Apollo 11 at 50
The Apollo program and 1969 moon landing inspired many of the entrepreneurs working to send people and robotic vehicles back to the moon or to pave the way for further space exploration and commerce.
NASA’s renewed effort to return humans to the moon draws inescapable parallels to Apollo a half-century ago.
As in Apollo, that public support may not be critical to winning sustained funding for Artemis, although the political and geopolitical conditions today are very different from those in the 1960s.
To help commemorate the 50th anniversary of Apollo 11, SpaceNews asked readers to weigh in on the must-see realistic space movies for anyone serious about space. Grab the popcorn and let the countdown begin.
The chairman of the House appropriations subcommittee that funds NASA said July 24 he’s not yet convinced of the need to accelerate a human return to the moon, citing the cost of doing so.
India successfully launched its Chandrayaan-2 orbiter and lunar surface spacecraft Monday, a week after the first launch attempt was scrubbed due to an issue with the launch vehicle.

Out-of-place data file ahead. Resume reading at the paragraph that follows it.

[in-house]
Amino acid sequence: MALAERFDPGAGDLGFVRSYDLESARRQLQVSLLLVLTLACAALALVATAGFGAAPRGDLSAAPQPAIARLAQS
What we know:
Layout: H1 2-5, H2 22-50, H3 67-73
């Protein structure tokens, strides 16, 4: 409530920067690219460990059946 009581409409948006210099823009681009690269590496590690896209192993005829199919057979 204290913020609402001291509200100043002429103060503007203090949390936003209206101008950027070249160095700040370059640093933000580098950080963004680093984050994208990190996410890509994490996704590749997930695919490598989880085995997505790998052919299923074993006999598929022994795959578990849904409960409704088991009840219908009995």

As NASA celebrated the 50th anniversary of the first crewed landing on the moon, the agency released new details about how it will procure landers to enable humans to return to the moon in the 2020s.
NASA and the White House used the 50th anniversary of the Apollo 11 landing to mark the latest achievement in the development of the Orion spacecraft and reaffirm plans to use it to return humans to the moon by 2024.
Indeed, we were witnessing “one small step for man, one giant leap for mankind.” Nevertheless, my maternal grandmother who lived with us and was born in Eastern Europe in 1890, exclaimed, “I don’t believe it and will never believe it.”
Fifty years after Apollo 11, we are in a far better position, and so much closer, to return to the moon and send humans to Mars than we ever have been in the past. There are still many technical challenges to overcome, but the biggest challenge remains the political will to do so.
During the decades since the cancellation of the Apollo program, some have used the Chinese treasure fleets of the early 1400s as a cautionary tale.
The story of the Apollo program, the many heroes in the headlines and those behind-the-scenes, the unprecedented crisis and tragedies that were overcome to fulfill a martyred President’s bold promise, is a story as compelling as any great novel or Greek myth.
History is now repeating itself. President Trump has declared he wants to send astronauts to the moon by 2024 and then Mars by 2033. But, in other words, NASA is saying to Trump the same thing it said to Bush: “You can’t do your program until you do my program.”
Just as we have built on the foundation provided by the Apollo astronauts, the next generation will build on our achievements, and future generations on theirs.